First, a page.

25 August 2014
Princess Andrew's Meander Tiara
For our final foray into Princess Anne's jewelry box this month, I've saved one of the best for last! Of the tiaras owned by Princess Anne, the diamond meander bandeau that belonged to her paternal grandmother, Princess Andrew of Greece and Denmark, has to be one of the most glamorous of all.
Most of the tiaras in the British royal collection arrived in Windsor hands through members of Queen Elizabeth II’s family, especially Queen Alexandra, Queen Mary, and the Queen Mum. But today’s Mountbatten-Windsors trace half of their royal heritage to Greece, and this piece, the meander tiara that belonged to Prince Philip’s mother, is a part of that legacy.
The term “meander” is another word for the Greek key design that makes up the band of this tiara. No one seems to know precisely when Princess Andrew (pictured above), who was born Princess Alice of Battenberg, acquired the tiara, but it would make sense that she received a Greek key tiara after marrying Prince Andrew of Greece and Denmark in 1903.
The tiara is made of diamonds, and the Greek key design is punctuated by a central laurel wreath element and two honeysuckle elements. The design suggests an early twentieth century creation, and indeed, Geoffrey Munn argues that the tiara was made around the turn of the century in France, perhaps by Cartier.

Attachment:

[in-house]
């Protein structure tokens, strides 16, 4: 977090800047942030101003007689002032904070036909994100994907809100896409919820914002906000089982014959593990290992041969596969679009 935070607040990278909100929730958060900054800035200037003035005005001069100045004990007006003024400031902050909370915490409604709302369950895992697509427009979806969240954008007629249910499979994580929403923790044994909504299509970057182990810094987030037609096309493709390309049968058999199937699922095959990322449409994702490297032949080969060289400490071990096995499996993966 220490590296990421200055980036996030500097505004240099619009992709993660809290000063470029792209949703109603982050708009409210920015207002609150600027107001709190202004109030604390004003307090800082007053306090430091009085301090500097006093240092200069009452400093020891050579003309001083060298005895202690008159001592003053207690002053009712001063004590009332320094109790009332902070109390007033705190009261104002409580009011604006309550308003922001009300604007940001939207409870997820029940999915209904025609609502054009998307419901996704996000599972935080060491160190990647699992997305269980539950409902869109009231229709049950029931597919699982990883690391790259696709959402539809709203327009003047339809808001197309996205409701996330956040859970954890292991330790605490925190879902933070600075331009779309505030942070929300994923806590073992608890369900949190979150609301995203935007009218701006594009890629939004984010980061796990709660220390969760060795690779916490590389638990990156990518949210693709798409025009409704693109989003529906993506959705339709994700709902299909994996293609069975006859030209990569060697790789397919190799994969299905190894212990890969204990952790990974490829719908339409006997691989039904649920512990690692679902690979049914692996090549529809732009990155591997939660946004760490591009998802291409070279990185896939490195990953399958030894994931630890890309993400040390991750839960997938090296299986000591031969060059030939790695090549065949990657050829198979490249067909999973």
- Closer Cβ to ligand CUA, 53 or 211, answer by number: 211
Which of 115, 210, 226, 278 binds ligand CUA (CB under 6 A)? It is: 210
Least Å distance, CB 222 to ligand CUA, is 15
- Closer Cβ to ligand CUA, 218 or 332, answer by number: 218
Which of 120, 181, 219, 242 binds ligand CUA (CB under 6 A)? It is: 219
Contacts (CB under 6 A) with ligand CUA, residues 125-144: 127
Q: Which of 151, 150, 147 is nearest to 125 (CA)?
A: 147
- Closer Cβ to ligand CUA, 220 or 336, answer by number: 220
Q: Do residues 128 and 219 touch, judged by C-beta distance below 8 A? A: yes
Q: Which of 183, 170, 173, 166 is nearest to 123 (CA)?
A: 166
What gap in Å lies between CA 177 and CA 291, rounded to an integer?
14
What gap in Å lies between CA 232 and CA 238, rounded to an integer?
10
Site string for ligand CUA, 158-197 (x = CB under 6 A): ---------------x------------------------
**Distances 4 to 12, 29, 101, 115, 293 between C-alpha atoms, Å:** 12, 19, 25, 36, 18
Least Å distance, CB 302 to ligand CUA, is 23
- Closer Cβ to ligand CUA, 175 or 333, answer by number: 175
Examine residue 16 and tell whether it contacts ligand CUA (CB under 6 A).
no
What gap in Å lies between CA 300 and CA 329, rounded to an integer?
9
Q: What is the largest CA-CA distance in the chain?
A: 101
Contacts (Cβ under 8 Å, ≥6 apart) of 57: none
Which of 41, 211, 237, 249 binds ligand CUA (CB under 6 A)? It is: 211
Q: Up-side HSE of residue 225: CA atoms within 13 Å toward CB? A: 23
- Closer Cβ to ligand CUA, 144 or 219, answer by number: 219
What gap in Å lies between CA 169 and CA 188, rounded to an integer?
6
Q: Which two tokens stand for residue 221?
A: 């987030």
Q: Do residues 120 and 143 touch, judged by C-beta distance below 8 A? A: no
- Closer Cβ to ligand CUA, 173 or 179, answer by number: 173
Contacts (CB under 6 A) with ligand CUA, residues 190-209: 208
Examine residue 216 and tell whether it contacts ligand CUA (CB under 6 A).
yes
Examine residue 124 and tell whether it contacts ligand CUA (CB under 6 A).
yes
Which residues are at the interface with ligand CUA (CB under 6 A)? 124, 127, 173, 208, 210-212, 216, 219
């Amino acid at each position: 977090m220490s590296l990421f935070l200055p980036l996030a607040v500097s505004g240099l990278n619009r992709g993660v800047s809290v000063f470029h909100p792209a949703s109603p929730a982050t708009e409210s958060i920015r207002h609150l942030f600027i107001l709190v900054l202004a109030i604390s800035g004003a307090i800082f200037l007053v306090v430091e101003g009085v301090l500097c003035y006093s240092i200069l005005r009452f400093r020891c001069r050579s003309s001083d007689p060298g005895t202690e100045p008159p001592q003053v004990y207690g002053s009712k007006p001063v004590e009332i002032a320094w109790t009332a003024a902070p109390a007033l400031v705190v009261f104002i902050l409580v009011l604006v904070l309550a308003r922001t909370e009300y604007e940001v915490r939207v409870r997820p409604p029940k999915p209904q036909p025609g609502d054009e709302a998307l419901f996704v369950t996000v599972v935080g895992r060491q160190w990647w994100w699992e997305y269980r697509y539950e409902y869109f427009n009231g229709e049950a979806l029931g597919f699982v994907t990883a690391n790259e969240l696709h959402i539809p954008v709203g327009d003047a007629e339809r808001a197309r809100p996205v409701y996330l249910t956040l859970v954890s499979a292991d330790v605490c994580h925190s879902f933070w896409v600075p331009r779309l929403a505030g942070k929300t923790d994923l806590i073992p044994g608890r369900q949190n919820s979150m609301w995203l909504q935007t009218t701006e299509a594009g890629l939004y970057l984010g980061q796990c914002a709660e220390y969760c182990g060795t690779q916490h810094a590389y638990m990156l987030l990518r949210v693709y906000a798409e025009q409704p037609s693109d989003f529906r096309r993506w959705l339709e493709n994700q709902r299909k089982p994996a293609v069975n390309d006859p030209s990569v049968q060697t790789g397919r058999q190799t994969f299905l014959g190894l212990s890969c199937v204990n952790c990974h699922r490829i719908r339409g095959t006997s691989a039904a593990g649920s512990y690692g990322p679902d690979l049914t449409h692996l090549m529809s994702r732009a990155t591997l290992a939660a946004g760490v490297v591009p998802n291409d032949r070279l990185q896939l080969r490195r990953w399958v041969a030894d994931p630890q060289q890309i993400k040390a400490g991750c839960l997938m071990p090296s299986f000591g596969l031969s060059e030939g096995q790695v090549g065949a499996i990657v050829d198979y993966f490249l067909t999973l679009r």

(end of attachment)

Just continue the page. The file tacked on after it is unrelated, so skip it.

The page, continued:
Alice owned the tiara until 1947, when she gave it to her new daughter-in-law, Princess Elizabeth, as a wedding gift. Had Elizabeth not become queen only a few years later, this tiara might have been a perfect piece for a princess. But history had a different plan. Elizabeth quickly graduated to grander pieces suitable for a sovereign, and she was never photographed wearing this tiara.
Instead, the tiara was handed over to Princess Anne, who still owns the piece today. It was officially given to her by her mother in 1972, just before her engagement and wedding to Mark Phillips, though she had already borrowed the tiara and worn it in public in previous years.
Anne has worn the sparkler on a regular basis at state functions and in official portraits, but the piece’s most prominent outing in recent years was at the wedding of Anne’s daughter, Zara Phillips. Zara paired her great-grandmother’s tiara with a veil for her Scottish wedding, paying tribute to her lesser-known royal heritage.